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hi I didn't studies all the circuit configurations and also I'm a newbie to EE. My question is I need to design something like a voltage holder.

The idea is two emitter followers. One is NPN one and other is PNP one and it will balance the threshold voltage across junctions. Circuit diagram looks like this. enter image description here

The functional requirement is that when I press the 5V switch , the outuput voltage should go to 5V and hold it 5V no matter I released the switch. And when I give a 2V pluse , it should again come back to 2V.

The problem is, circuit simulator does not output it's expected functionality. Any reasons why is that? It came back to OV, and sometimes it give me a convergent error.Any workaround on this?

--Thanks in Advance--

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    \$\begingroup\$ Perhaps the term of relevance is sample & hold circuit... \$\endgroup\$ – Anindo Ghosh Jan 9 '13 at 10:00
  • \$\begingroup\$ Is there are already researched circuit configuration like this? \$\endgroup\$ – Standard Sandun Jan 9 '13 at 10:02
  • \$\begingroup\$ @AnindoGhosh feel free to edit it. Or I will edit it, that term is nice. \$\endgroup\$ – Standard Sandun Jan 9 '13 at 10:03
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    \$\begingroup\$ Please see this patent, it's probably useful towards what you are trying. \$\endgroup\$ – Anindo Ghosh Jan 9 '13 at 10:05
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    \$\begingroup\$ @sandundhammika You don't need others to close a question, you can remove it yourself. Also, no credit needed, but thanks for the thought. :-) \$\endgroup\$ – Anindo Ghosh Jan 9 '13 at 10:09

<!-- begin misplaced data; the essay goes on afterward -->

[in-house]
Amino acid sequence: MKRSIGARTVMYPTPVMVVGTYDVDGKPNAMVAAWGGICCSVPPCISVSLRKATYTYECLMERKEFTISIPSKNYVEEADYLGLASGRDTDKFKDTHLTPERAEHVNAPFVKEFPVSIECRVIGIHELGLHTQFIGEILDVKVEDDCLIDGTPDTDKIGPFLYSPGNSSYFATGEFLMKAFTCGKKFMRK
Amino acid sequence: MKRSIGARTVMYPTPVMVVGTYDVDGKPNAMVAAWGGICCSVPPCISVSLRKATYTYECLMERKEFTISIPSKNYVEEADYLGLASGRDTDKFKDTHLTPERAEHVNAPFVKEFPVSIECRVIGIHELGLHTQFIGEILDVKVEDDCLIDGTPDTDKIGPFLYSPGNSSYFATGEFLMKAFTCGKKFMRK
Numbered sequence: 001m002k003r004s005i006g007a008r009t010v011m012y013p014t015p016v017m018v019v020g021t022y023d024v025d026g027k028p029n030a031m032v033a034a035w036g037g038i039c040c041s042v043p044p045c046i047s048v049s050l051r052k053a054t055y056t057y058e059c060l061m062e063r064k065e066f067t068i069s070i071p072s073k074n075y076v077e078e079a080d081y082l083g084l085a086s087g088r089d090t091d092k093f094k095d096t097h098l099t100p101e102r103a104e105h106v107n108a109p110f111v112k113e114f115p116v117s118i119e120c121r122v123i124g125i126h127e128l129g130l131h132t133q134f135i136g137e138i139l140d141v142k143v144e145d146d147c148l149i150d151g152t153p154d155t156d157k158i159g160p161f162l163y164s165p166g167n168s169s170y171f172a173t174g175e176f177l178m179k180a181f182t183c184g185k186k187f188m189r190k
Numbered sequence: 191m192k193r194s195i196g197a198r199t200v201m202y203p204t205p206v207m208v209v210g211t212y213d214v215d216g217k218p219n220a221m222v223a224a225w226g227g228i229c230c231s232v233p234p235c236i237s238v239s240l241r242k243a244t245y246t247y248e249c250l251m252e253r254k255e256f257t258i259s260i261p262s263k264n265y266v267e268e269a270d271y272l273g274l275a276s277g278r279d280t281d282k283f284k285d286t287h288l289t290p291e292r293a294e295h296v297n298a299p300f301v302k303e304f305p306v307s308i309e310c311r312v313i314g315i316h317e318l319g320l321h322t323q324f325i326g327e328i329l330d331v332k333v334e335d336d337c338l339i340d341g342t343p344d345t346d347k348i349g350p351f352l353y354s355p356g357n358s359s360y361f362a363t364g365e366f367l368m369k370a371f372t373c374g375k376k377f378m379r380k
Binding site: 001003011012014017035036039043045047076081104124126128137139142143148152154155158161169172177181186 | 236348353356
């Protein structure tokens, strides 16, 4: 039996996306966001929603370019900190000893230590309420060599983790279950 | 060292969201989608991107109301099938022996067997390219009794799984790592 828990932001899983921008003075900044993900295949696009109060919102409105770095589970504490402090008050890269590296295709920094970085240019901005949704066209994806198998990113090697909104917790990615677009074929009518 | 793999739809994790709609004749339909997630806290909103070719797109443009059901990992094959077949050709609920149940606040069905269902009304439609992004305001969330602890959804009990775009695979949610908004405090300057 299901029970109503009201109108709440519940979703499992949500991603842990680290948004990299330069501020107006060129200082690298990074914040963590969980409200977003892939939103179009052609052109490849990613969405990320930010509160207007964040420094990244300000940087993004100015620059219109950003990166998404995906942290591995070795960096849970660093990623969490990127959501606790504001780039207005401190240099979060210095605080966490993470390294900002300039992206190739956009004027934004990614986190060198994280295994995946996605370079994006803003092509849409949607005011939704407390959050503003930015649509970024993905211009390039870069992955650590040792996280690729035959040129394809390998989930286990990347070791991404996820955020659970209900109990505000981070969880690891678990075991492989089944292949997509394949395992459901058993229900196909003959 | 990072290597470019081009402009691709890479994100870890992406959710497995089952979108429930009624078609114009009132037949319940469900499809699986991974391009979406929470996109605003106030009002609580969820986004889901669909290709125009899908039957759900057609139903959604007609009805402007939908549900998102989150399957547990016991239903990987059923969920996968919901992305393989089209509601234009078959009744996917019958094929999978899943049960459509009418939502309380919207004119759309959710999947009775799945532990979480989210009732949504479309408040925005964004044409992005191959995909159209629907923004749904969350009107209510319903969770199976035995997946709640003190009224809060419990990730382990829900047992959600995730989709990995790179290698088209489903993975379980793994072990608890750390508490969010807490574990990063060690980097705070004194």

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What you're talking about is called sample-and-hold. To do this, you need a storage element - a circuit without one like yours will rapidly drift. The most common way to do this is to use an Op-amp:

enter image description here

The two triangles represent op-amps configured as voltage followers. The first one acts to decrease the impedance of the input, allowing the capacitor to be charged faster; in your example diagram this isn't necessary since your input is already low impedance. The second opamp provides a low impedance output, making it possible to interface the sampled voltage with other parts of the circuit without draining the capacitor.

Even with a circuit like this, you need to recharge the capacitor periodically, as it will gradually discharge due to parasitic resistance. In a digital system this would typically be implemented with a DAC and a multiplexer controlling the sample switch, which loops through each sample-and-hold output in order, refreshing them periodically.

You can also get dedicated sample-and-hold ICs that integrate the opamps and switch, and have very low droop rates, but they tend to be expensive and specialized.

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  1. As Nick said, a sample and hold circuit inherently needs some kind of storage or memory. You have none. For starters, put a large cap to ground on the base of Q1. That will hold the voltage for some time for some level of close enough. You said nothing about how long the desired voltage needs to be held to within what error, so any value is within spec.
  2. Break the connection between the collector of Q2 and the base of Q1. It makes no sense.
  3. Increase R2. You didn't specify the characteristics of the output, but judging from the 2 kΩ load formed by R3 you should be able to make R2 at least 20 kΩ.
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